WordPress Multisite History - dummies

By Lisa Sabin-Wilson

With WordPress, you have ability to run multiple sites with only one installation of the WordPress platform. This was not always possible with WordPress — actually it was version 3.0 when the multisite feature was first introduced in 2010. That may seem like a long time ago; however there are still hundreds of thousands (of not hundred thousands) of WordPress users who get the idea confused with a piece of software from pre-2010 called WordPress MU (or WordPress Multi-user).

Running multiple sites under one installation of WordPress was not always possible. From August 2005 until July 2010, there was a completely separate software package (WordPress MU). In July 2010, the codebase of WordPress MU and WordPress merged, meaning that the features of WordPress MU were included in the WordPress software, rendering the WordPress MU software package obsolete. The merger of codebases brought several advantages, including the following

  • One codebase: Having the multisite feature available in one piece of software completely eliminates user confusion on which version of WordPress to use. Now, you use the same software package regardless of whether you want to use the multisite feature. If you do want to take advantage of the multisite feature, just a few minutes of configuration can make it happen.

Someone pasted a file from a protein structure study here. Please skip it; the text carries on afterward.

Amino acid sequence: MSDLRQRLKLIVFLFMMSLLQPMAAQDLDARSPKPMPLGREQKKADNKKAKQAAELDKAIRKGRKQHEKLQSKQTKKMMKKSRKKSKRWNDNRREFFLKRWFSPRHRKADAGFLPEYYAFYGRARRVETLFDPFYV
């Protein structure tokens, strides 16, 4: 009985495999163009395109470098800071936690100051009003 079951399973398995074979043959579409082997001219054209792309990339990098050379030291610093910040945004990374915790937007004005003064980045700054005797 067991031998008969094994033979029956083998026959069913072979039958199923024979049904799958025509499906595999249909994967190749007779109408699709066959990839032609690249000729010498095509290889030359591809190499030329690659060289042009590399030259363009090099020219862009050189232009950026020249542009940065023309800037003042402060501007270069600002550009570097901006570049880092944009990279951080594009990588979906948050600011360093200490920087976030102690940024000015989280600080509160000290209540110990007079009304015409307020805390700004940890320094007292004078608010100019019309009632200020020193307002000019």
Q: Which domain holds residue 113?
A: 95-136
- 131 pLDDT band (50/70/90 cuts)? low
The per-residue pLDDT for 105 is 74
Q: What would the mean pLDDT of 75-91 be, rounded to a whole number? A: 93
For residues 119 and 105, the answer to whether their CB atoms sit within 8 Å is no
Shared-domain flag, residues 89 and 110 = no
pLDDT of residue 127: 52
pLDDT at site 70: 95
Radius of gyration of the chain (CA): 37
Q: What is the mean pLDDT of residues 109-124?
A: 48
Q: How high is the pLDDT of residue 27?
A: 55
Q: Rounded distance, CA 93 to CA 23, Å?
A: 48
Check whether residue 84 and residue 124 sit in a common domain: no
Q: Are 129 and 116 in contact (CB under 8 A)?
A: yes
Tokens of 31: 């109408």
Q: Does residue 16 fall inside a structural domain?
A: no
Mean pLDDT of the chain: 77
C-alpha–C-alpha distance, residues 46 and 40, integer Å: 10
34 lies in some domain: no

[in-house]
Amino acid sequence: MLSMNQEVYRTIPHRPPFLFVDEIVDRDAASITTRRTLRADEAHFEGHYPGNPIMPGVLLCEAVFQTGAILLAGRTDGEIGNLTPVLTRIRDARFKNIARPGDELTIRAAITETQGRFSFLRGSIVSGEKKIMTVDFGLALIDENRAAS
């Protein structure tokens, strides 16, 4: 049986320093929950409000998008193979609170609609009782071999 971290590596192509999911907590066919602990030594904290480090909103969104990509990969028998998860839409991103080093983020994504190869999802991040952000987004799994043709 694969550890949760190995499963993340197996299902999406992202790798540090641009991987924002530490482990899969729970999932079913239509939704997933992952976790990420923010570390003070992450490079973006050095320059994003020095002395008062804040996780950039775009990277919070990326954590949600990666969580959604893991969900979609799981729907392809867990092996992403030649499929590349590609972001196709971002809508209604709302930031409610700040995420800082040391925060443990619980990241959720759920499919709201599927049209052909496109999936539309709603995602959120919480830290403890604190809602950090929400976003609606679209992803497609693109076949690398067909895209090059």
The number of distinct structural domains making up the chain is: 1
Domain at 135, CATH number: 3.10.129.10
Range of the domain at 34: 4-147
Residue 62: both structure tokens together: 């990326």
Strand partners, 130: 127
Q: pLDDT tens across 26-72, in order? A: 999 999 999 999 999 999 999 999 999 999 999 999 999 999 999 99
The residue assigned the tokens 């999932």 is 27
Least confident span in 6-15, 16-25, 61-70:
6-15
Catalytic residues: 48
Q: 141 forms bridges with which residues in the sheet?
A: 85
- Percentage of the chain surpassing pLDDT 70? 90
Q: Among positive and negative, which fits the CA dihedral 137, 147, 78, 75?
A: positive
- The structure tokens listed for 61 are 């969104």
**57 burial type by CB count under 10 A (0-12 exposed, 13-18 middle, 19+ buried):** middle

• Bug fixes: WordPress MU was not as popular as the original WordPress software; therefore, the MU project didn’t attract as many developers to contribute code, fixes, and additional feature development. When the merge occurred in July 2010, the multisite feature gained the massive WordPress developer community, making bug fixes and new features a quicker and easier process.

  • Easier interface: The interface and Dashboard features for the multisite feature in WordPress is much easier to work with, mainly because it works in tandem with the other WordPress settings and features you’re already familiar with.

In the past, the WordPress codebase would be updated, and those changes would be rolled over to WordPress MU with any additional fixes. Occasionally, WordPress MU users had to wait two to four weeks or longer for updates. Because the number of users familiar with WordPress MU was far less than WordPress, feedback for bugs was also slow. Even though more than 95 percent of the two codebases were identical, the remaining code in WordPress MU did the bulk of the work maintaining multiple blogs.